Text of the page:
While Doctor Who is a series that has had many styles over its long history, fear and horror have been a constant presence. Indeed, very early on, it gained a reputation for being best watched from “behind the sofa”.
With Halloween approaching, here is a list of some of the creepiest and scariest stories. The list is by no means comprehensive (there are too many to list them all), but it does contain at least one story from every Doctor except the eighth (who, unfortunately, had only one televised story). The stories are listed in broadcast order.
The Scariest Doctor Who Stories
First Doctor, 1963, seven 25-minute episodes.
This is the story that introduced Doctor Who’s most iconic alien monsters—the evil Daleks—and started the show’s long association with fear. The first episode, in particular, is especially creepy, featuring only the four main cast members as they explore a seemingly dead world. The first episode ends with what is still, today, one of the most effective and terrifying cliffhangers the show has ever had.
The Tomb of the Cybermen
Second Doctor, 1967, four 25-minute episodes.
A group of future archaeologists explore the tombs of the supposedly extinct race of Cybermen—Doctor Who’s second-most iconic aliens—who might not be so extinct after all.
Third Doctor, 1971, five 25-minute episodes.
This story deals with witchcraft, the occult, and ancient aliens who long ago manipulated the development of humanity as part of a sinister experiment.
Pyramids of Mars
Fourth Doctor, 1975, four 25-minute episodes.
The early fourth Doctor period contains quite a few stories directly inspired by common horror tropes.
This one delves into Egyptian tombs and mummies.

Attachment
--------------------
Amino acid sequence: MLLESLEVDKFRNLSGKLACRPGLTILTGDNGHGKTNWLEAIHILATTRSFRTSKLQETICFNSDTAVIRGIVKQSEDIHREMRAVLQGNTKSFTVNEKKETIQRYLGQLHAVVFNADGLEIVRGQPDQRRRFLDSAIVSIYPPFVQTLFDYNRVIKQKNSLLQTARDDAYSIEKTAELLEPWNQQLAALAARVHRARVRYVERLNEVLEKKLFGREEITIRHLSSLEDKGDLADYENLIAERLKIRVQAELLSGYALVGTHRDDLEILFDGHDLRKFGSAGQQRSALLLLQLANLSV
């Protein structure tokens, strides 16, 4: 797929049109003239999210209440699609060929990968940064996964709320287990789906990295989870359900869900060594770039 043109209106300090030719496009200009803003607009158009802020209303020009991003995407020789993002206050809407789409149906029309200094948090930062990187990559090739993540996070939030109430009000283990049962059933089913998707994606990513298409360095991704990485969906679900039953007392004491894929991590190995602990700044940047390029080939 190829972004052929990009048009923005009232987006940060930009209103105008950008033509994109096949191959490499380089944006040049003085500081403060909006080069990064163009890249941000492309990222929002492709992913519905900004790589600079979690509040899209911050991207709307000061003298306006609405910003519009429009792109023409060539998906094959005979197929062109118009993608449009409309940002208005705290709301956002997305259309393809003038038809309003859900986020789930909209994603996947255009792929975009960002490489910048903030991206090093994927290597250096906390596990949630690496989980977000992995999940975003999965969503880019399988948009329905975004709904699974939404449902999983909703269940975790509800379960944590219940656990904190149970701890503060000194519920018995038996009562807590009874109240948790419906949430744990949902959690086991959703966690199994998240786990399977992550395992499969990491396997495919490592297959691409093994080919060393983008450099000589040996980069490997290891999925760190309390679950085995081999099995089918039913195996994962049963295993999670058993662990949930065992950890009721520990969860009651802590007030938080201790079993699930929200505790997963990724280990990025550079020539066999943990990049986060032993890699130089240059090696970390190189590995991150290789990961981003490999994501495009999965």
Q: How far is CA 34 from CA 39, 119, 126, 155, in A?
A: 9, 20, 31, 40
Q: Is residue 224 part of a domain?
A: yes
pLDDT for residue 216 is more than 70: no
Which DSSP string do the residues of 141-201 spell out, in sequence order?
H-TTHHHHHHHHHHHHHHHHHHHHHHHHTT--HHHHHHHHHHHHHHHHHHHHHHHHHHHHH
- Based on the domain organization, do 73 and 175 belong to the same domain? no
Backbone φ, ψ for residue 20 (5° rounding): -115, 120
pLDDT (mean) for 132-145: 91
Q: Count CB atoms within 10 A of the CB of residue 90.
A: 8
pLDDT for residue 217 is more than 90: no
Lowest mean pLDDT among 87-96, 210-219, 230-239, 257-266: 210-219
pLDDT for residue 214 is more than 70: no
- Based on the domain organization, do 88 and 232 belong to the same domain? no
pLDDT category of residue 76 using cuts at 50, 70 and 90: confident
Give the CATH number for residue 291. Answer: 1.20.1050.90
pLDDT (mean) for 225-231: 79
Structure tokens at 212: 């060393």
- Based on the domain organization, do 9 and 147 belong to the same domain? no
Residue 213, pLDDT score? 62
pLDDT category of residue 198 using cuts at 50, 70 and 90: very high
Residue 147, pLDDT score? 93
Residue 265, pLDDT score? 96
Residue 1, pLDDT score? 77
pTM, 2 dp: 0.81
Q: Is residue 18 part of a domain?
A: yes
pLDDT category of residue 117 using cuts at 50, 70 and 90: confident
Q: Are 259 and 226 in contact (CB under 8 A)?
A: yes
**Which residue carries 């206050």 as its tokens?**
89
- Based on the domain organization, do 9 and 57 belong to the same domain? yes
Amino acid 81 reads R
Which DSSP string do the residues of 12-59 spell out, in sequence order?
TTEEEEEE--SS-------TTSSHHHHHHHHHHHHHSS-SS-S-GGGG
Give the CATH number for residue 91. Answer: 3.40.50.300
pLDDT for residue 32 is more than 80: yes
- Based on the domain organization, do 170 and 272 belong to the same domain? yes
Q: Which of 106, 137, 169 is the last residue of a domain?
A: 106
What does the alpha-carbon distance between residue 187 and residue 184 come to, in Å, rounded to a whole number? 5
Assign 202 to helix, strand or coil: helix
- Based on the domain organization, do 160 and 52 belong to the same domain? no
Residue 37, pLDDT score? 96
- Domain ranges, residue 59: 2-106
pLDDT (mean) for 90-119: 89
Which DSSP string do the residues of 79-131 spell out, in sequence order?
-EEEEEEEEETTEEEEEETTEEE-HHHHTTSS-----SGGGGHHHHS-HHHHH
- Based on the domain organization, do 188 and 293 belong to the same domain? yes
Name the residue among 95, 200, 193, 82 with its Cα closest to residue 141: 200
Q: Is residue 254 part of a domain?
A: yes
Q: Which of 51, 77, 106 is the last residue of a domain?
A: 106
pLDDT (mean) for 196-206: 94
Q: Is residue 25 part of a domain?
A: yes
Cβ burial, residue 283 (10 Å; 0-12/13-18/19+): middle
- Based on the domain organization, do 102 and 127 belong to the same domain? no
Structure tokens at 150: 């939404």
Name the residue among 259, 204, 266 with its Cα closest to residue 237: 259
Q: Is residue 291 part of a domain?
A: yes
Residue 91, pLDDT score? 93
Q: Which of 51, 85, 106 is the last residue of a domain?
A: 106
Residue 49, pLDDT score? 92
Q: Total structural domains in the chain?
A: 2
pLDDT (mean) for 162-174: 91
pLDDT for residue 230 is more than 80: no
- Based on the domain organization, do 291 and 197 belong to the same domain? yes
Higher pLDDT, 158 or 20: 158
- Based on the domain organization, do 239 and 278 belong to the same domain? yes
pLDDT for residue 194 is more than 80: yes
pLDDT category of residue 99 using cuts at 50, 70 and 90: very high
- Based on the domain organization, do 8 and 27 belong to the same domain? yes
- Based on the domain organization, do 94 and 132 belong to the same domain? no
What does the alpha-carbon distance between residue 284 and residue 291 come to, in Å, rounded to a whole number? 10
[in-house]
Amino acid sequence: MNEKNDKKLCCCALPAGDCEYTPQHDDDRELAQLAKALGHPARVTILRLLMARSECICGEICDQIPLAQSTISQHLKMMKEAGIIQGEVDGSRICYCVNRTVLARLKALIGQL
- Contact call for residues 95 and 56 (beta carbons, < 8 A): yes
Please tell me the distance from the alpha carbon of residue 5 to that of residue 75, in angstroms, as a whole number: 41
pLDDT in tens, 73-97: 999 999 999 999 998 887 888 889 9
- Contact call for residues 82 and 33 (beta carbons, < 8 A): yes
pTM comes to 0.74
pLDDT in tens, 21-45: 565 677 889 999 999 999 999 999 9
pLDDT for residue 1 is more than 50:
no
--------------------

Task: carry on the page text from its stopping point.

The Brain of Morbius
Fourth Doctor, 1976, four 25-minute episodes.
Inspired by Frankenstein, this story tells of a scientist trying to create a new body for the brain of an infamous Time Lord criminal, and he decides the Doctor’s head will be perfect for it.
This one gave me nightmares as a child.
The Caves of Androzani
Fifth Doctor, 1984, four 25-minute episodes.
This one goes more for psychological horror, as an evil genius becomes infatuated with the Doctor’s companion, Peri. It is one of the darkest regeneration stories in Doctor Who’s history, and widely regarded as one of the all-time best stories.
Revelation of the Daleks
Sixth Doctor, 1985, two 45-minute episodes.
Davros, creator of the Daleks, has somehow gained the moniker “the Great Healer”, and has gone into the business of grave robbing, with sinister, gruesome results.
The Curse of Fenric
Seventh Doctor, 1989, four 25-minute episodes, also available in a 103-minute special edition.
A complex tale of the British and Russians in World War II—plus Vikings, vampires and an evil from the dawn of time!
I highly recommend the special edition, which includes additional footage cut from the original broadcast for time reasons, and updated special effects.
The Empty Child/The Doctor Dances
Ninth Doctor, 2005, two 45-minute episodes.
Another visit to World War II, this time the Blitz, where gas mask-wearing zombies terrorize the people. Never has a young boy searching for his mum been so creepy. “Are you my mummy?” is a line that will send shivers down your spine.
Tenth Doctor, 2007, one 45-minute episode.
The Weeping Angels are creatures that turn to stone whenever anyone is looking at them, but if you look away for even a moment… They move like lightning! After this story, you will never look at another statue the same way again. Just remember one thing: Don’t blink!
Tenth Doctor, 2008, one 45-minute episode.
You never see the monster in this one, and it’s made all the better for it. A group of passengers trapped on a train together have to stop something from getting in—something that gets into their heads instead, even the Doctor’s.
The Waters of Mars
Tenth Doctor, 2009, one 60-minute episode.
The first human expedition to Mars is besieged by a terrifying plague in their water supply, slowly turning the crew into monsters.
The Impossible Astronaut/Day of the Moon
Eleventh Doctor, 2011, two 45-minute episodes.
How do you defeat something if, when you’re not looking at it, you forget it even exists? This story introduces the Silence, one of Doctor Who’s creepiest aliens.
Twelfth Doctor, 2014, one 45-minute episode.
Have you ever been in a situation where, even though you are alone, you feel like someone else is there, yet when you look, you confirm there’s no one else there? This story posits that maybe you’re wrong. Maybe there really is something else there.